A power of attorney is a legal document where an “agent” or “attorney-in-fact” is appointed to act on behalf of the creator or the “principal” of the power of attorney in certain situations. In the event that you or a loved one become incapacitated and no longer able to make financial and other important decisions than you or your family may be subject to a long and expensive legal proceeding where the court appoints a guardian or a conservator to make those decisions on behalf of the incapacitated individual.
Creating a power of attorney while your still healthy and able to make important decisions allows you to appoint someone you trust to make decisions on your behalf. You can also decide how much power your agent will have and under what circumstances the power of attorney will come into effect.
The different types of Power of Attorneys are:
General Power of Attorney: A General power of Attorney will provide a wide range of powers to your agent. They can make a variety of legal and financial decisions on your behalf.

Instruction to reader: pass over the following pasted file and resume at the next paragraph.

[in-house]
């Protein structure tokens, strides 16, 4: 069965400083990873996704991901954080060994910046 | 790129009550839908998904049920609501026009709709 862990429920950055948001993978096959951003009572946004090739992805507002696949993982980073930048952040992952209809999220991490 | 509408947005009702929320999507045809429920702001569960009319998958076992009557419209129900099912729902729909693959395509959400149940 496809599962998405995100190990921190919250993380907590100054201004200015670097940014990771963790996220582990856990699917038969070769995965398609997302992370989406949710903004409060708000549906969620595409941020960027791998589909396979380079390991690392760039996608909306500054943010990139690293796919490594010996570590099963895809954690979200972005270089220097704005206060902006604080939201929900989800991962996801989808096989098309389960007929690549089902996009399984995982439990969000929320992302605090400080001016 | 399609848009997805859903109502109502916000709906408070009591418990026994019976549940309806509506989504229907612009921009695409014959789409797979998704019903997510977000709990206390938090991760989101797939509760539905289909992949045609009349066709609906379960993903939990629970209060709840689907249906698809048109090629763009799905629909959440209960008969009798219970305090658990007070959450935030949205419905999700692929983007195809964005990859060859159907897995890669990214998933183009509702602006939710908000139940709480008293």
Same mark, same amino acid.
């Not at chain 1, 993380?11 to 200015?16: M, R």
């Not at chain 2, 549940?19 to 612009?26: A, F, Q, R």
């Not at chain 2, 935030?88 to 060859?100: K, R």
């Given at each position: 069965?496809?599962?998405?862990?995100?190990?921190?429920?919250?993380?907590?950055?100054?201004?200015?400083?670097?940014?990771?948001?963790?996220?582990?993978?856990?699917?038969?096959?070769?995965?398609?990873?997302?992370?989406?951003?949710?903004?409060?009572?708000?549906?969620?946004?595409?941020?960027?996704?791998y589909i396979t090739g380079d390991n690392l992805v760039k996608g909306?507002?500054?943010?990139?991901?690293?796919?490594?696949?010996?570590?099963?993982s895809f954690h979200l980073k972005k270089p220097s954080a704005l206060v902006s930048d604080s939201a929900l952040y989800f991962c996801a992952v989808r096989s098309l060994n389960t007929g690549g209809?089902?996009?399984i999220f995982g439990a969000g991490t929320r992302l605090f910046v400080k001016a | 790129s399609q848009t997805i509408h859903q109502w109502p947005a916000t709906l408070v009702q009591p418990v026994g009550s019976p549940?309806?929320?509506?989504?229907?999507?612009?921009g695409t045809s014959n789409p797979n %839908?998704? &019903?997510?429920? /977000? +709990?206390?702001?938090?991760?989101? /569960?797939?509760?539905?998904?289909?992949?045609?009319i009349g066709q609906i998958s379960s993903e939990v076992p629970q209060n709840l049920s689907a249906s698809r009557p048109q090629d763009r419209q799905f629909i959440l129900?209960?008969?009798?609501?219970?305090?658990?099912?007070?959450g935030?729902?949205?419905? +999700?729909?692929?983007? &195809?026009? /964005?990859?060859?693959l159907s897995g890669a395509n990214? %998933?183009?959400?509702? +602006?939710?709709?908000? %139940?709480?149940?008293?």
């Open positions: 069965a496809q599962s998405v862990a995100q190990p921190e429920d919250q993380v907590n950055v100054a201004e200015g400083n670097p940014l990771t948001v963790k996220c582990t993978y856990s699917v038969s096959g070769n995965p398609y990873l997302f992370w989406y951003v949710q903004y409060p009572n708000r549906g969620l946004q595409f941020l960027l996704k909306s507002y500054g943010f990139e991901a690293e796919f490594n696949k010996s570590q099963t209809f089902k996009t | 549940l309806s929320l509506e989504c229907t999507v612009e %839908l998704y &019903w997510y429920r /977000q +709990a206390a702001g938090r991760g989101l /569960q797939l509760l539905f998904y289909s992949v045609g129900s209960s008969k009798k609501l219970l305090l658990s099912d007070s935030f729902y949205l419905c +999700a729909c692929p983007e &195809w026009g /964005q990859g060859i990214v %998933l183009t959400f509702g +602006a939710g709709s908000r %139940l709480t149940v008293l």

Durable Power of Attorney: A Durable Power of Attorney grants all the same powers to the agent as a general power of attorney. The Durable Power of Attorney allows the agent to retain the powers granted to them through the power of attorney in the event that you or your loved one becomes incapacitated.
Limited Power of Attorney: A Limited Power of Attorney allows the principal to limit the specific powers of the agent. They can allow their agent to have the authority to carry out a single function or transaction and they can have multiple limited powers of attorney assigning different agents to carry out different transactions.
Springing Power of Attorney: A Springing Power of Attorney comes into effect under certain circumstances which are specified within the document such as mental or physical incapacity.
Health Care Power of Attorney: A Health Care Power of Attorney comes into effect when you are unable because of mental or physical incapacity to make medical decisions for yourself.